Our work in the outdoors at Quarry Bank

Staff and volunteers planting trees at Quarry Bank

From maintaining and growing our woodland, to creating new habitats for wildlife, our rangers and volunteers at Quarry Bank go to extraordinary lengths to look after nature across 465 acres of the estate. With lots going on behind the scenes, find out more about our recent work, including our part in Countryfile’s ‘Plant Britain’ initiative.

It’s no coincidence that Quarry Bank was built in the picturesque river valley you'll find it sitting in today – the River Bollin provided the vital energy source, powering the mill which was the beating heart of this industrial community. In today’s world, the surrounding landscape at Quarry Bank is just as important but for different reasons – it provides a vital place where nature, wildlife and people can thrive.

Over 465 acres of woodland, countryside and river make up the estate at Quarry Bank and the work we do here directly supports the National Trust's ambitions to tackle the twin threats of the climate crisis and the catastrophic decline in the natural environment. At Quarry Bank this includes:

  • Improving and creating a mosaic of habitats for wildlife through the introduction of new wildflower meadows and ponds
  • Creating dozens of hectares of new woodland which helps with the restoration of nature, provides greater access to green spaces for people, as well as supporting in the fight against climate change through carbon sequestration
  • Carrying out regular species surveys to see the benefits of our work and help us identify where we need to take further steps to help wildlife thrive

At Quarry Bank we are very fortunate to be on the boundary of Manchester with a population of over 2.5 million people – we have a great opportunity to better connect people with nature through our work. We want as many people as possible to get involved and benefit from the natural environment at Quarry Bank.

Our projects and work
Matt Baker plants the first saplings in a brand new Countryfile Wood for Plant Britain, in association with the National Trust.

Countryfile Wood at Quarry Bank

In November 2020 the first saplings were planted in a brand new Countryfile Wood at Quarry Bank, which will be open for all to visit. The wood is part of Countryfile’s ‘Plant Britain’ initiative – an ambitious two-year project to inspire the nation to do its bit for the planet and the environment in the face of the challenges of climate change. Over 3600 trees have been planted in the Countryfile Wood at Quarry Bank so far including native broadleaves; oak, birch, hornbeam, sweet chestnut (plus many more native species) to make a classic English lowland wood. This two-year project will continue through to Autumn 2022, with inspirational Spring and Autumn specials of the programme focussed on seasonal planting, as well as Summer and Winter catch-ups to watch this project grow. Keep an eye on our social media channels for more updates on the project.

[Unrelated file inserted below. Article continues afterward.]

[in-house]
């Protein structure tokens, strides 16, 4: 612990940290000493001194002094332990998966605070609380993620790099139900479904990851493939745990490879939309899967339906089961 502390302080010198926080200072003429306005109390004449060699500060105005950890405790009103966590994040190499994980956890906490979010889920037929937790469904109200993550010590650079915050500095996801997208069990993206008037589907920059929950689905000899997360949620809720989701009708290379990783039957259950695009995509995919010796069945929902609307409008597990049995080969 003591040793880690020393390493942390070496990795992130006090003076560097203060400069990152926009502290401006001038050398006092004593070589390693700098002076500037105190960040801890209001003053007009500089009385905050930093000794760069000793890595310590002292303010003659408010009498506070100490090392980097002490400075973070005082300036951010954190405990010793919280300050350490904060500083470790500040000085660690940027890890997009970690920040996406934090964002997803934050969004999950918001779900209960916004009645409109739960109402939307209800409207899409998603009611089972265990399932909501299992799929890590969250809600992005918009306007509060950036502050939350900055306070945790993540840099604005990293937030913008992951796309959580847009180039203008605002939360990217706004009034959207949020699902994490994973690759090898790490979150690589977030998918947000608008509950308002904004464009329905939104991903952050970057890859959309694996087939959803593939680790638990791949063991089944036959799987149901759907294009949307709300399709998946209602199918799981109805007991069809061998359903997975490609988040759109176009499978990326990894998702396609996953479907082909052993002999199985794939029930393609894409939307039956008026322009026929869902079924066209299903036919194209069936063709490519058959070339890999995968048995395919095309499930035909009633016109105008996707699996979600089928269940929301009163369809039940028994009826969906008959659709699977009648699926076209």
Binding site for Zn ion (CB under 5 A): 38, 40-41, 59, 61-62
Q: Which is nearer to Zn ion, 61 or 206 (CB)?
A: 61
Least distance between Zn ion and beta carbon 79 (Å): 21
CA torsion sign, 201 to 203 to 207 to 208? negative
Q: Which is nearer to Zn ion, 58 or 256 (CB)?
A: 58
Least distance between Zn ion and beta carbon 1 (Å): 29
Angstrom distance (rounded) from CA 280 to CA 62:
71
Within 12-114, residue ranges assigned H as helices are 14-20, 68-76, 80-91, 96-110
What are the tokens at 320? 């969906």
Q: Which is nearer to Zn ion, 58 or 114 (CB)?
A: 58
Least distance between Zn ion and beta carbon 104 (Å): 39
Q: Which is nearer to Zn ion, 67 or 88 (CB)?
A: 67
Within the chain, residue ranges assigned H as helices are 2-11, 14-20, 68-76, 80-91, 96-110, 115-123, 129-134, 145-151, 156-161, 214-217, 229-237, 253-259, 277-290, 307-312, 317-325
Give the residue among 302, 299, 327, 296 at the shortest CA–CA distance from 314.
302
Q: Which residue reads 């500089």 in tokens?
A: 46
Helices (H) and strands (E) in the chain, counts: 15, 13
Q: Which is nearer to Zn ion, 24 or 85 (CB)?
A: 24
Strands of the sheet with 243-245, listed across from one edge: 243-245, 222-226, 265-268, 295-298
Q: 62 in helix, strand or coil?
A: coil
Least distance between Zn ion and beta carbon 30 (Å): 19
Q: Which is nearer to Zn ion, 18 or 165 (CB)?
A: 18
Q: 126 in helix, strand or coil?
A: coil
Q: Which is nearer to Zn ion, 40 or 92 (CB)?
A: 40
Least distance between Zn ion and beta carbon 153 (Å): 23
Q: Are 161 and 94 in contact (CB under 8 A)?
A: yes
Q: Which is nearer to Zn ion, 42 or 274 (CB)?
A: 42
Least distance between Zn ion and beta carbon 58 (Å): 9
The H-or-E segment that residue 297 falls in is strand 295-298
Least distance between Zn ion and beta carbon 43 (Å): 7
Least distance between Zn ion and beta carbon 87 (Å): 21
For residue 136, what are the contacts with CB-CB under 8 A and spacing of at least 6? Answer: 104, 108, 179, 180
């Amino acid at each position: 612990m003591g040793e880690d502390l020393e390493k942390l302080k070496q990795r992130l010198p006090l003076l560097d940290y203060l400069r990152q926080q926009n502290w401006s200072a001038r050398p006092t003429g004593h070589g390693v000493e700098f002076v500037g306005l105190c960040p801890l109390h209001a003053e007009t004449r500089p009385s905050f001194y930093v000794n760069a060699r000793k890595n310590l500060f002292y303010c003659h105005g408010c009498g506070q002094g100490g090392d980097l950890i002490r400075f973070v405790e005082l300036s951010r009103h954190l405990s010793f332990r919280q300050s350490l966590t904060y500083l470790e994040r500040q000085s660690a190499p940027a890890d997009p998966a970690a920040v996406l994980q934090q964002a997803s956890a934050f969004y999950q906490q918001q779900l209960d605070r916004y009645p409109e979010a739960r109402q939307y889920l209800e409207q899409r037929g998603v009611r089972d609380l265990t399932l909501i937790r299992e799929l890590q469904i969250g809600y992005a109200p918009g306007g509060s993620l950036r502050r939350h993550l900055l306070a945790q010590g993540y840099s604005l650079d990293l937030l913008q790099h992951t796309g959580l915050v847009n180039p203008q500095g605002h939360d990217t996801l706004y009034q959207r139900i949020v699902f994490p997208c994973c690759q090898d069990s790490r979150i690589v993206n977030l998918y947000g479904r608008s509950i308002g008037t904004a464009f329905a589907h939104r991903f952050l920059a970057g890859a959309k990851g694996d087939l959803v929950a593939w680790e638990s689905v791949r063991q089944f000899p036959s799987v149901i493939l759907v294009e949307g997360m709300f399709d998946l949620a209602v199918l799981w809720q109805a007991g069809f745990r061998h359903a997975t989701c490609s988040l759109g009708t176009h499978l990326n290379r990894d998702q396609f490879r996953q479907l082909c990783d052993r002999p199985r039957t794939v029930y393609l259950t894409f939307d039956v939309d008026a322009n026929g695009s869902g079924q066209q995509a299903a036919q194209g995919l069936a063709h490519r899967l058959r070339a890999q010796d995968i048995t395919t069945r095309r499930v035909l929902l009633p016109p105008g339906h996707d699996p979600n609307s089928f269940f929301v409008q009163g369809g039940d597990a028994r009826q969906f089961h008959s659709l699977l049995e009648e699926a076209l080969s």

Corporate group tree planting at Bank House Farm, Quarry Bank Mill, Cheshire

Playing our part in tackling climate change and helping nature

In 2020, the National Trust announced plans to plant 20 million trees over the next decade to create 6,000 ha of new woodland by 2025 and a further 12,000 ha by 2030. Our ambitious plans will help us to tackle the twin threats of the climate crisis and the catastrophic decline in the natural environment. At Quarry Bank, we’re playing our part by planting 40,000 trees across 3 farms on the estate over the next 3 to 4 winters.

A sapling tree being planted

Saving our native Black Poplars 

We’re working in partnership with Chester Zoo to introduce Black Poplars at Quarry Bank - the UK’s rarest timber. Of the 7,000 that remain in the UK, the majority are female. The project encourages the planting of males and females in places where seed might survive in the future – this includes Quarry Bank. In time, our Lead Ranger hopes that we can expand the programme into other National Trust properties and places in Cheshire so the Black Poplars thrive.

Great crested newt on the beach

Creating habitats for creatures great and small

What started as project to create 6 new ponds, resulted in the creation of 12 thanks to a partnership with Cheshire Wildlife Trust. The ponds have improved our local habitats for Great Crested Newts and other species as well as helping with drainage to prevent flooding in heavy rain. What’s more, the ponds are also playing a part in our Black Poplar project with a male and female tree planted next to 6 of the ponds which should dramatically increase the chances of the trees reproducing over the coming years. Our work doesn’t just stop there though – our rangers have already identified a number of locations on the estate where an additional 20+ ponds could be dug.

Explore the gardens and estate this spring